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Submission on Foreshore and Seabed Bill

28 July 2004

Business Roundtable Presents Submission on Foreshore and Seabed Bill

It is the courts' role to adjudicate on claims to rights to the foreshore and seabed, New Zealand Business Roundtable executive director Roger Kerr said today. Governments should be reluctant to override court decisions and interfere with claims to property rights.

He made his comments in front of the select committee considering the Foreshore and Seabed Bill.

The New Zealand Business Roundtable position is similar to that of a number of business and Maori organisations. The foreshore and seabed should generally be publicly owned with open access, subject to existing private rights, including customary and common law rights, and on the basis that new rights might need to be established over time.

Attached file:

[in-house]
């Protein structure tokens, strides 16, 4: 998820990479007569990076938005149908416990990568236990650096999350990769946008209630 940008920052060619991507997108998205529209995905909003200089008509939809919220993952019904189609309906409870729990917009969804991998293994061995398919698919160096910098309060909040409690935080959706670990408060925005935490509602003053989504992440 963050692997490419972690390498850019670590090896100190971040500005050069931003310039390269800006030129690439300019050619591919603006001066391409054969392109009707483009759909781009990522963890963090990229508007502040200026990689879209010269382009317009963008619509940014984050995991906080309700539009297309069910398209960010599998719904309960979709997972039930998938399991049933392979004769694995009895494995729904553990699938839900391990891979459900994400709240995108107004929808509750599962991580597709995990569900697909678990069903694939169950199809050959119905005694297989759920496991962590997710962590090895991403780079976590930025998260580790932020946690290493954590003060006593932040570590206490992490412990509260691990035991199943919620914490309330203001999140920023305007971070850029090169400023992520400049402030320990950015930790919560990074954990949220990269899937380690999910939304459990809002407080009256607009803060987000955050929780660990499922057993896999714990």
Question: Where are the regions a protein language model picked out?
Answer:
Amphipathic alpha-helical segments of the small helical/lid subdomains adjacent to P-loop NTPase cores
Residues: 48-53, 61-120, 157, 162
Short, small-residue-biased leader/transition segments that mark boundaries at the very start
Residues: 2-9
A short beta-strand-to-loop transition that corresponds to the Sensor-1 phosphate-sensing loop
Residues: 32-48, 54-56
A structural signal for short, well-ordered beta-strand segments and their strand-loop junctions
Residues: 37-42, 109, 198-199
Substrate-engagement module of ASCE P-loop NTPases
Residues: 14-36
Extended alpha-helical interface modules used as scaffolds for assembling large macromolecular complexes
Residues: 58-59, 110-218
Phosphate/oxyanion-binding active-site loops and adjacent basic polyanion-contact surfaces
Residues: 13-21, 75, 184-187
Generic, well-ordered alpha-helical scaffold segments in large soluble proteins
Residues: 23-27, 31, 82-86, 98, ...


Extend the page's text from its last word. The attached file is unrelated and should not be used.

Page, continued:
"There is still time for last year's Court of Appeal decision to be appealed to the Privy Council to establish whether it is sound law", Mr Kerr said. "If so, Maori should be allowed to test their claims in court. The Court of Appeal suggested that the prospects of success were limited.

"If the court process were to result in outcomes that the government judged were not in the public interest, it should intervene at that point and consider compensation for any takings of established property rights.

"The government has over-reacted to this issue. The Foreshore and Seabed Bill is sledgehammer legislation that does not have a sound public policy basis and could create grievances that take years to resolve", Mr Kerr said.

The complete submission is available online on the NZBR website:


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